Doctor Sleep (novel)

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Doctor Sleep
Doctor Sleep.jpg
First edition cover
AuthorStephen King
CountryUnited States
LanguageEnglish
GenreHorror
PublisherScribner
Publication date
September 24, 2013
Media typePrint (Hardcover)
Pages531
ISBN978-1-4767-2765-3
Preceded byThe Shining
 
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Doctor Sleep
Doctor Sleep.jpg
First edition cover
AuthorStephen King
CountryUnited States
LanguageEnglish
GenreHorror
PublisherScribner
Publication date
September 24, 2013
Media typePrint (Hardcover)
Pages531
ISBN978-1-4767-2765-3
Preceded byThe Shining

Doctor Sleep is a novel by Stephen King, a sequel to King's novel The Shining (1977), released in September 2013.[1] King first mentioned the idea in November 2009. The author's official website confirmed the project on September 26, 2011.[2] The audiobook edition of Stephen King's 2012 novel The Dark Tower: The Wind Through the Keyhole, released on April 24, 2012, contains the novel's prologue read by the author.[3] The e-book publication of In the Tall Grass, a novella written by King and his son Joe Hill, contains the text of this excerpt.[4] Describing the novel on his official site, King stated that it is "a return to balls-to-the-wall, keep-the-lights-on horror".[2] Doctor Sleep reached the first position on The New York Times Best Seller lists for print and ebook fiction (combined), hardcover fiction, and ebook fiction. Doctor Sleep has been nominated for the 2013 Bram Stoker Award for Best Novel. [5]

Background information[edit]

On November 19, 2009, while on a promotional tour in Toronto, Canada for his latest novel Under the Dome, during a reading at the Canon Theatre being moderated by the filmmaker David Cronenberg, Stephen King described to the audience an idea for a sequel novel to his 1977 novel The Shining. The story, King said, would follow a character from the original novel, Danny Torrance, now in his 40s, living in New Hampshire where he works as an orderly at a hospice and helps terminally ill patients pass away with the aid of some extraordinary powers.[6] Later, on December 1, 2009, Stephen King posted a poll on his official website, asking visitors to vote for which book he should write next, Doctor Sleep or the next Dark Tower novel:

I mentioned two potential projects while I was on the road, one a new Mid-World book (not directly about Roland Deschain, but yes, he and his friend Cuthbert are in it, hunting a skin-man, which are what werewolves are called in that lost kingdom) and a sequel to The Shining called Doctor Sleep. Are you interested in reading either of these? If so, which one turns your dials more? [We] will be counting your votes (and of course it all means nothing if the muse doesn't speak).[7]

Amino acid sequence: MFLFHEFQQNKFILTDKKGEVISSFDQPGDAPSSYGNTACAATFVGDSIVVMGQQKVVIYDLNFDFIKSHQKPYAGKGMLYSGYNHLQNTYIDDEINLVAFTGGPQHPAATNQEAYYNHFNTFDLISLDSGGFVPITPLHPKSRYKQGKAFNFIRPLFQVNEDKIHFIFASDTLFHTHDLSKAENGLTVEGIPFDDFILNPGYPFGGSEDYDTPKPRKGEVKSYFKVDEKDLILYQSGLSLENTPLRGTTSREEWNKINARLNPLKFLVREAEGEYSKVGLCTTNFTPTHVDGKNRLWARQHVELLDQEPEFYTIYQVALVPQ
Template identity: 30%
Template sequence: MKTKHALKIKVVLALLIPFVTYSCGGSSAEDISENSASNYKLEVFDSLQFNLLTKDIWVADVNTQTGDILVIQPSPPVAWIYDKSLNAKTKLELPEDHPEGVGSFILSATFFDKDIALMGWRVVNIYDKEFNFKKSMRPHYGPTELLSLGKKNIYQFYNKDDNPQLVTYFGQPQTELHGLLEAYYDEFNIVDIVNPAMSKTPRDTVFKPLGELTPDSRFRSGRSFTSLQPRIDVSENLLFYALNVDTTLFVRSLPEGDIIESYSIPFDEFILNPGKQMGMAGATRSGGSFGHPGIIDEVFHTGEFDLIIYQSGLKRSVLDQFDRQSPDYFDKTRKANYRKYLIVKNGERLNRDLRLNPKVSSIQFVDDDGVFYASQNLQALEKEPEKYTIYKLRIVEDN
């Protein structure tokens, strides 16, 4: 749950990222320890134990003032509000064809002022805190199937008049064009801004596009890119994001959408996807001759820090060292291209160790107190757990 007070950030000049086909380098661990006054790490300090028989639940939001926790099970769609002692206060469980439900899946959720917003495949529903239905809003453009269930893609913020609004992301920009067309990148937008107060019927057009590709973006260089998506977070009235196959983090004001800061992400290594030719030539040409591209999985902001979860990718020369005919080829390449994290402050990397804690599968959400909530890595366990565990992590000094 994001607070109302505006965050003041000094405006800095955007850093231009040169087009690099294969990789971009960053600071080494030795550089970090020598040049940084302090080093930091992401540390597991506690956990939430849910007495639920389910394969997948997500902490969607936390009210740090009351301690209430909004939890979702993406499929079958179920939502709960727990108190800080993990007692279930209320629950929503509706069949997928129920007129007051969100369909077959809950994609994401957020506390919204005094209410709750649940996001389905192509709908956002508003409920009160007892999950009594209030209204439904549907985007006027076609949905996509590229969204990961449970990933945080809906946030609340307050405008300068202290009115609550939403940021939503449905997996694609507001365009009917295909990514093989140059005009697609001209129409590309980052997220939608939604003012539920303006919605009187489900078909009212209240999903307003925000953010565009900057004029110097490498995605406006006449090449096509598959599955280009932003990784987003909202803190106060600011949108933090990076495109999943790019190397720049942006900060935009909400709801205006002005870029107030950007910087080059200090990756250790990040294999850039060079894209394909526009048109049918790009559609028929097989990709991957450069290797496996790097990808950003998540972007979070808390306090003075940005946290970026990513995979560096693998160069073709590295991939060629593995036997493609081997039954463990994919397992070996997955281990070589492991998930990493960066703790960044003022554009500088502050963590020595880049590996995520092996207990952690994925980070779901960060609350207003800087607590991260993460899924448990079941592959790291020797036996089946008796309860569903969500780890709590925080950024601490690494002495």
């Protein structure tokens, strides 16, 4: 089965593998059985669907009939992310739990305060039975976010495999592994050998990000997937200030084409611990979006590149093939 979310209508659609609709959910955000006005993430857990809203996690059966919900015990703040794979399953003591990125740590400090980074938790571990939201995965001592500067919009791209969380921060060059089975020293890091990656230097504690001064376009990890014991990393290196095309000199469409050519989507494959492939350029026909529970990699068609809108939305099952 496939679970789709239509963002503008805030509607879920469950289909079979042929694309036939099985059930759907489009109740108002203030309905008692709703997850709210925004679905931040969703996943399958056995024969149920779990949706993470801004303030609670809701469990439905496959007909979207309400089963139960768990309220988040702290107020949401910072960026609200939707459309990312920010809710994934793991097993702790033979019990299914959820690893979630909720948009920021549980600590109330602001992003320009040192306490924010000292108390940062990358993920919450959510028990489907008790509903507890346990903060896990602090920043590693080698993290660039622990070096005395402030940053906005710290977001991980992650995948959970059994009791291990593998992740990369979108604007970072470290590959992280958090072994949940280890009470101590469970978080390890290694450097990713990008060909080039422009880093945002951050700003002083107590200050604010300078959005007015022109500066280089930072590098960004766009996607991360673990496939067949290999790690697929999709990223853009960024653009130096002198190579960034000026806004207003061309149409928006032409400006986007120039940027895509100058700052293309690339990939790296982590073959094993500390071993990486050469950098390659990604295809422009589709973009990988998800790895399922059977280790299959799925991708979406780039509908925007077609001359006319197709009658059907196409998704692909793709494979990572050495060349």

Voting ended on December 31, 2009, and it was revealed that Doctor Sleep received 5,861 votes, while The Wind Through the Keyhole received 5,812.[8]

On September 23, 2011, Stephen King received the Mason Award at the Fall for the Book event at the George Mason University in Fairfax, Virginia, during which he read an excerpt from Doctor Sleep.[9] The author's official site confirmed three days later that King was currently working on the novel. King finished work on the first draft in early November 2011.[10] On February 19, 2012, King read the beginning section of Doctor Sleep at the Savannah Book Festival, in Savannah, Georgia.[11]

In an interview with Entertainment Weekly, King revealed that he had hired researcher Rocky Wood to work on the continuity between The Shining and Doctor Sleep.[12]

The story was partly inspired by Oscar, a therapy cat who is able to predict the deaths of terminally ill patients; says King, "I thought to myself: ‘I want to write a story about that.’ And then I made the connection with Danny Torrance as an adult, working in a hospice. I thought: ‘That’s it. I’m gonna write this book.' The cat had to be there. It always takes two things for me to get going. It’s like the cat was the transmission and Danny was the motor."[13]

Publication information[edit]

On May 8, 2012, Stephen King's official website announced a tentative publication date of January 15, 2013 for Doctor Sleep. The book was available for pre-order that same day, with the page count of 544 and an ISBN of 978-1-4516-9884-8. However, the exact date was removed the next day with the statement that a new release date is forthcoming, and the pre-order items were removed. Stephen King was not happy with the present draft of the novel and felt it needed a lot of editing. On September 18, 2012, a publication date of September 24, 2013 was announced.[14][15][16] Cemetery Dance will also publish Doctor Sleep as a limited edition in three states: Gift edition (limited to 1,750 copies), Limited edition (limited to 700 copies), and Lettered edition (limited to 52 copies), the latter two signed by Stephen King and the illustrators.[17] On March 1, 2013, Stephen King's official site unveiled the book's cover.[18]